My RV’s windshield had a leak when it rained. We also noticed rust crumbles on the dashboard. Where’s the best place to take it so all the work can be done there and not farmed out to somewhere else? —John, 2007 Winnebago Itasca
The recommended fix for your RV’s windshield leak depends on the model Itasca you have. Winnebago Industries manufactured the Winnebago brand and the Itasca brand. Both had various models such as the Winnebago Adventurer and a similar model, the Itasca Suncruiser.
All of the Class C models had a one-piece windshield that came with the automotive-style cab from Ford or Dodge.
As you can see from the 3D diagram available on the 2007 Adventurer, each windshield is mounted to a substructure that has a steel frame around the entire perimeter. Most Class A manufacturers used the fiberglass cab with a hole in it and installed what is called a floating windshield with rubber molding “zipped” around it.
Winnebago RV windshield leaks
Typically, what I have found when a Winnebago Class A leaks at the windshield is that it’s actually a leak from either the clearance lights or the front cap-to-roof seam that has what is called a “J” channel. Here, the water enters and collects on the upper steel bulkhead or tray and sloshes around depending on the angle of the rig. One time when I was driving, I got a shower when I turned a corner and the water ran to the driver’s side!
The rust flakes that you see on the dash indicate the metal framework has had repeated moisture and is rusting.
If you have a Class C that has a windshield leak, I would contact an authorized chassis repair facility such as Ford or Dodge and ask if they work on RV chassis. You can also contact your local Winnebago or Itasca dealership and find out who they use. Most RV dealers sub out windshield work to a local glass repair shop.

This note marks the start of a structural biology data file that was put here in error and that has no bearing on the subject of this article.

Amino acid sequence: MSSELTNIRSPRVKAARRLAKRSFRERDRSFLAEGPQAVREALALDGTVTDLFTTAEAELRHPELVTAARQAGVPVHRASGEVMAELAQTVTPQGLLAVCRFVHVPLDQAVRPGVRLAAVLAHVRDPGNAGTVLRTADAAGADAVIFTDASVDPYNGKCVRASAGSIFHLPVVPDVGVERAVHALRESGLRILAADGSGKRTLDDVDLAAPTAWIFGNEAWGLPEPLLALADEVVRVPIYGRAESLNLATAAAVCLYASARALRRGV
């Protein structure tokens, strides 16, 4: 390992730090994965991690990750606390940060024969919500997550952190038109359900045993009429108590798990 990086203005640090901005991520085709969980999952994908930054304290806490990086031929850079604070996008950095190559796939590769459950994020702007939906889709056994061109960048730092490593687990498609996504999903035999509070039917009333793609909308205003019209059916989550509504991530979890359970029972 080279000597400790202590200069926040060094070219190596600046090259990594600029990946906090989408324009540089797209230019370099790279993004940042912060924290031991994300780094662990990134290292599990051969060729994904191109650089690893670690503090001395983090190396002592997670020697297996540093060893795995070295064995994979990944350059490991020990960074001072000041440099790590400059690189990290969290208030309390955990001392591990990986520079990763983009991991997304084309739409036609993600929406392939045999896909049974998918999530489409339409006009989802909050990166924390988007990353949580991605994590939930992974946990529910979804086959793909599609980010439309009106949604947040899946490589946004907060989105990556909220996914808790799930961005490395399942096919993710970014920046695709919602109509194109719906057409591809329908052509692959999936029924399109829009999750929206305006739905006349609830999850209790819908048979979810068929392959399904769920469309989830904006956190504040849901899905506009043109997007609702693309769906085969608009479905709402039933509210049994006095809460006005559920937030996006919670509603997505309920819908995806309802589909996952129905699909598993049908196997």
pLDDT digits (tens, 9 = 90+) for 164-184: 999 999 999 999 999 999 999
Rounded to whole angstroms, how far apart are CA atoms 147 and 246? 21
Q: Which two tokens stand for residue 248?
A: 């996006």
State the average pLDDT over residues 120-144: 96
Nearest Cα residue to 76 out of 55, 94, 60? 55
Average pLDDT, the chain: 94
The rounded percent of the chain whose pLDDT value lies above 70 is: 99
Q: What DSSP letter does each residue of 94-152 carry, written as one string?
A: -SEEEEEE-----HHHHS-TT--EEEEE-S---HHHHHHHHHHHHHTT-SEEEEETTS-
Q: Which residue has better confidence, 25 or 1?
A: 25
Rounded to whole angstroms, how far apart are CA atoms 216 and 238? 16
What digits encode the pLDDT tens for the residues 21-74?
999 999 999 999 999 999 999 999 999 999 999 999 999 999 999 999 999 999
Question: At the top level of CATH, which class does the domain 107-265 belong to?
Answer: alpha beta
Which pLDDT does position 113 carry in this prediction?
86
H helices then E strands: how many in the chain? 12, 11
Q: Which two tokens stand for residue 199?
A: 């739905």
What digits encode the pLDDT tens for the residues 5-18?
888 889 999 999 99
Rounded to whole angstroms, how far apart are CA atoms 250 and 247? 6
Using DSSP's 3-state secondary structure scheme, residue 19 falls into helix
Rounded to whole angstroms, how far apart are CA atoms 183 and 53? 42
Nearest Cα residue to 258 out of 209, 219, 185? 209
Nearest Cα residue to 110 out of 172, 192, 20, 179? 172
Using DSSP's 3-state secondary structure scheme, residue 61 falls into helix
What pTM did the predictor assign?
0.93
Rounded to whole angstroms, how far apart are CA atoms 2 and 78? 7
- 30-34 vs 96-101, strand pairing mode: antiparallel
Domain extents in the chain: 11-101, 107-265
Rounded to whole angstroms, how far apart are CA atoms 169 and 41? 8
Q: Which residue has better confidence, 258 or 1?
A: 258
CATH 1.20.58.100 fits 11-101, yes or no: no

If you have a Class A, then I would contact the local Winnebago or Itasca dealer and ask if they have a Sealtech machine to find leaks. This machine draws air into the coach and pressurizes it. The dealer technician sprays soapy water all around the windshield and top cap to find where bubbles come out. This is the best way to find a leak, as sometimes the water travels a long way before it comes into the coach. So where it leaks may not be where it is entering. You can read more about that here.
I doubt the leak is actually coming from the windshield adhesive, so taking it to a glass repair facility would not be the best as they probably are not familiar with the construction. A dealership would be the best to diagnose the leak and take the appropriate action for repair.
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Should I use a pressurized leak finder to find leak in RV’s sealed underbelly?
My 5th wheel is winterized. I used compressed air and blew out the water in the lines but I did not get the cover on for winter. I live in the Northwest, so rain and snow are a sure thing. I’ve found that my RV’s sealed underbelly is collecting a small amount of water. Is this a leak in the sealed underbelly? I turned to YouTube for ideas on how to look for leaks and found a video on how a dealership in PA places a positive 2-3 psi on the inside of the trailer then soaps the outside looking for leaks. Have you ever heard of such a process? Do you know if this is a good or bad idea? Your thoughts, please. Thank you. —Mary
Dave Solberg is a leading expert in the RV industry and the author of the “RV Handbook.”
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